The future of HAIs in health care

Figure 3: A nurse/adminstrative station is on each patient level of Oakwood Healthcare System’s Southshore Medical Building, Trenton, Mich. Courtesy: Peter Basso Assocs.It is clear that more empirical research is needed regarding the causes of HAI outbreaks. The organisms that cause HAIs are produced in many sources, but the role of the infection control professional should be to defeat the methods by which they are transmitted to patients, caregivers, and visitors.

Until more empirical information is available, the role of the HVAC engineer in infection control should be to use accepted standards to reduce the likelihood that the HVAC systems will promote the growth or transmission of these organisms by using accepted design and construction standards.

Every health care facility is unique. Designers of these facilities must become familiar with all the requirements of Standard 170 and should work closely with the clinical and maintenance staff to ensure that the requirements for providing a safe, reliable, and clean environment are met.


Jim Paul is a vice president with Peter Basso Assocs. He has significant experience in mechanical engineering design and is knowledgeable in the design of complex HVAC, plumbing, and fire protection systems for a variety of project types with a particularly strong emphasis on health care facility design.


Further reading

1. Estimating Health Care-Associated Infections and Deaths in U.S. Hospitals, 2002 (Klevens, Edwards, Richards, Horan, Gaynes, Pollock, Cardo); Public Health Reports, Vol. 122, March-April 2007.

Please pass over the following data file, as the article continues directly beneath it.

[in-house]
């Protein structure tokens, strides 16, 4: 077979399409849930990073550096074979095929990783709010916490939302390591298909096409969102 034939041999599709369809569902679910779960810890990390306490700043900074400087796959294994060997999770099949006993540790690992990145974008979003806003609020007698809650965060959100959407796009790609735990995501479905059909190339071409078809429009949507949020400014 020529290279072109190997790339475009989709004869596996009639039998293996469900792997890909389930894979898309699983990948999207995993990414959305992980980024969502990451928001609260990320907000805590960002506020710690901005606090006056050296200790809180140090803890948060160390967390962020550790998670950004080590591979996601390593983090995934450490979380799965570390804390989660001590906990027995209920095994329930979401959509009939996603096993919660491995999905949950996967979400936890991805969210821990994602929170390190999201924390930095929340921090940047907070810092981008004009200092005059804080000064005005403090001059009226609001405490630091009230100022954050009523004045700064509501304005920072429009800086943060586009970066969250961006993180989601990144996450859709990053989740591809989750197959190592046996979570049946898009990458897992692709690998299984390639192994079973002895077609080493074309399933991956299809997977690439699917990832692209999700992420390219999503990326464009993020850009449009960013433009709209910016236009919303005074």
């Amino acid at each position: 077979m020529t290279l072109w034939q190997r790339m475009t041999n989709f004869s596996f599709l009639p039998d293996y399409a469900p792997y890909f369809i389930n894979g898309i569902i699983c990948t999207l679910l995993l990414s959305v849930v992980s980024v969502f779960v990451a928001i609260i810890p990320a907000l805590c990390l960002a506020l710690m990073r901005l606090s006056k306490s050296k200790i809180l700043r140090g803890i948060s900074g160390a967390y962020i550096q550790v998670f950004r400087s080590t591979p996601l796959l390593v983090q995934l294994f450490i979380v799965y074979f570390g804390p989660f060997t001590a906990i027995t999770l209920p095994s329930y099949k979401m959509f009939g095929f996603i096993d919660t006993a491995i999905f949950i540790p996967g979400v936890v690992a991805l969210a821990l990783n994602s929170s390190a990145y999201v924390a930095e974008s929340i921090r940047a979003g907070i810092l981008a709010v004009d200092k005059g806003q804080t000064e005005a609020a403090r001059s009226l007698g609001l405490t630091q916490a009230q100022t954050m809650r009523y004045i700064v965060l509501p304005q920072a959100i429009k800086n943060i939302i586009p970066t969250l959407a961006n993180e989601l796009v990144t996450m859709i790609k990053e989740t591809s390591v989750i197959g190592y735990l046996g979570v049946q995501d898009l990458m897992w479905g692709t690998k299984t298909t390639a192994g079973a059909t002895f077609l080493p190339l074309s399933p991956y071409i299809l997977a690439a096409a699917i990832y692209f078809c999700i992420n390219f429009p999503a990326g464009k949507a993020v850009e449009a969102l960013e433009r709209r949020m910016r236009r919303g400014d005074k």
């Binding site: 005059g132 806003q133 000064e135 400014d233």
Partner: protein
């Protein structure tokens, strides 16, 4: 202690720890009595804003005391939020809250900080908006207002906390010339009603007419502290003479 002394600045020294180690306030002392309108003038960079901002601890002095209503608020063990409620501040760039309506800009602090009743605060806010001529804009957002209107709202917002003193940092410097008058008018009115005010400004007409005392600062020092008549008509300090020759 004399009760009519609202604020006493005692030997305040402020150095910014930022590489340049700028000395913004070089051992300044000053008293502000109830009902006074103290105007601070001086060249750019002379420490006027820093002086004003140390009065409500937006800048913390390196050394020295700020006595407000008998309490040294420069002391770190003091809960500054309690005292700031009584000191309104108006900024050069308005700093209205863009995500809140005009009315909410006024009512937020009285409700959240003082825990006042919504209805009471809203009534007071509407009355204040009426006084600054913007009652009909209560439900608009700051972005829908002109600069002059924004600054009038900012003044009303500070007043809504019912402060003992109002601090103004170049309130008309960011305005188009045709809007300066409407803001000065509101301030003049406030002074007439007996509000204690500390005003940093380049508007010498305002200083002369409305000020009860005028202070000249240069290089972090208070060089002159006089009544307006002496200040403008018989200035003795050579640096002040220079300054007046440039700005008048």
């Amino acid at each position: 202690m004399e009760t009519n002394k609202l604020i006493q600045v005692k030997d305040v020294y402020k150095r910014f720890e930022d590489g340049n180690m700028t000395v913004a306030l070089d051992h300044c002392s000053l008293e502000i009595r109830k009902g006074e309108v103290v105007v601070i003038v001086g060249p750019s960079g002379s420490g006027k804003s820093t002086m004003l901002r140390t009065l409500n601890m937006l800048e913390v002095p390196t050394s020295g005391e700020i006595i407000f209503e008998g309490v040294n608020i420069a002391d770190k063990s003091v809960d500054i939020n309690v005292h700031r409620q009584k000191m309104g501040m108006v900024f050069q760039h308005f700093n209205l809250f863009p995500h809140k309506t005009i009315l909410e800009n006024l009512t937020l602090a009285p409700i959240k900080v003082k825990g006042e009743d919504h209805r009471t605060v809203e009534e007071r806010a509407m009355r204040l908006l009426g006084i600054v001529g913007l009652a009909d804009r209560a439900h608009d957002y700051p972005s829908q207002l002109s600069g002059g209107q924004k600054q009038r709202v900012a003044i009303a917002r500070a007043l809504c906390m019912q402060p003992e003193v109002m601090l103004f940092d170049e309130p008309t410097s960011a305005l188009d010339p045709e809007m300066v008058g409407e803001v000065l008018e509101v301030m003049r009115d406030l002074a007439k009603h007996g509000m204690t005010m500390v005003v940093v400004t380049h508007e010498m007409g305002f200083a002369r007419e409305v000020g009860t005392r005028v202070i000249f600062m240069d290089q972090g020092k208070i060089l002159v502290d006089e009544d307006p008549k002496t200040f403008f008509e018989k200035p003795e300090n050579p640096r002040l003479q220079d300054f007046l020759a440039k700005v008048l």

2. The Direct Medical Costs of Health Care-Associated Infections in U.S. Hospitals and the Benefits of Prevention (Scott RD II), Centers for Disease Control and Prevention, March 2009.

3. TABLE 1 – Common Diseases and Organisms in Hospital Environments, (James Paul); Peter Basso Associates, compiled from:

Comparison of operating room ventilation systems in the protection of the surgical site (Memarzadeh F and Manning A), ASHRAE Transactions, V. 108, Pt. 2, 2002.

Effects of Operating Room Geometry and Ventilation System Parameter Variations on the Protection of the Surgical Suite (Memarzadeh F and Jiang Z). IAQ, Critical Operations: Supporting the Healing Environment through IAQ Performance Standards, 2004.

4. Operating Room Ventilation with Laminar Airflow Shows No Protective Effect on the Surgical Site Infection Rate in Orthopedic and Abdominal Surgery (Christan Brandt, MD, Dorit Sohr, PhD, Franz Daschner, MD, PhD, Petra Gastmeier, MD, PhD, and Henning Rüden, MD, PhD), Annals of Surgery, Vol. 248, Number 5, November 2008.

5. ASHRAE Standard 170-2008 Section 7.4.1.

6. New Theories on Plumbing and HVAC Systems (Hermans, Richard, PE, HFDP), ASHE PDC Summit, February 27, 2013.

7. Guidelines for Environmental Infection Control in Health-Care Facilities, Recommendations of CDC and the Health care Infection Control Practices Advisory Committee (HICPAC), U.S. DHHS CDC–2003.

8. Where should one search when confronted with outbreaks of nosocomial infection? (P. Gastmeier, S. Stamm-Balderjahn, S. Hansen, I. Zuschneid, D. Sohr, M. Behnke, R. Vonberg, H. Ruden), American Journal of Infection Control, Volume 34, Issue 9, pages 603-605.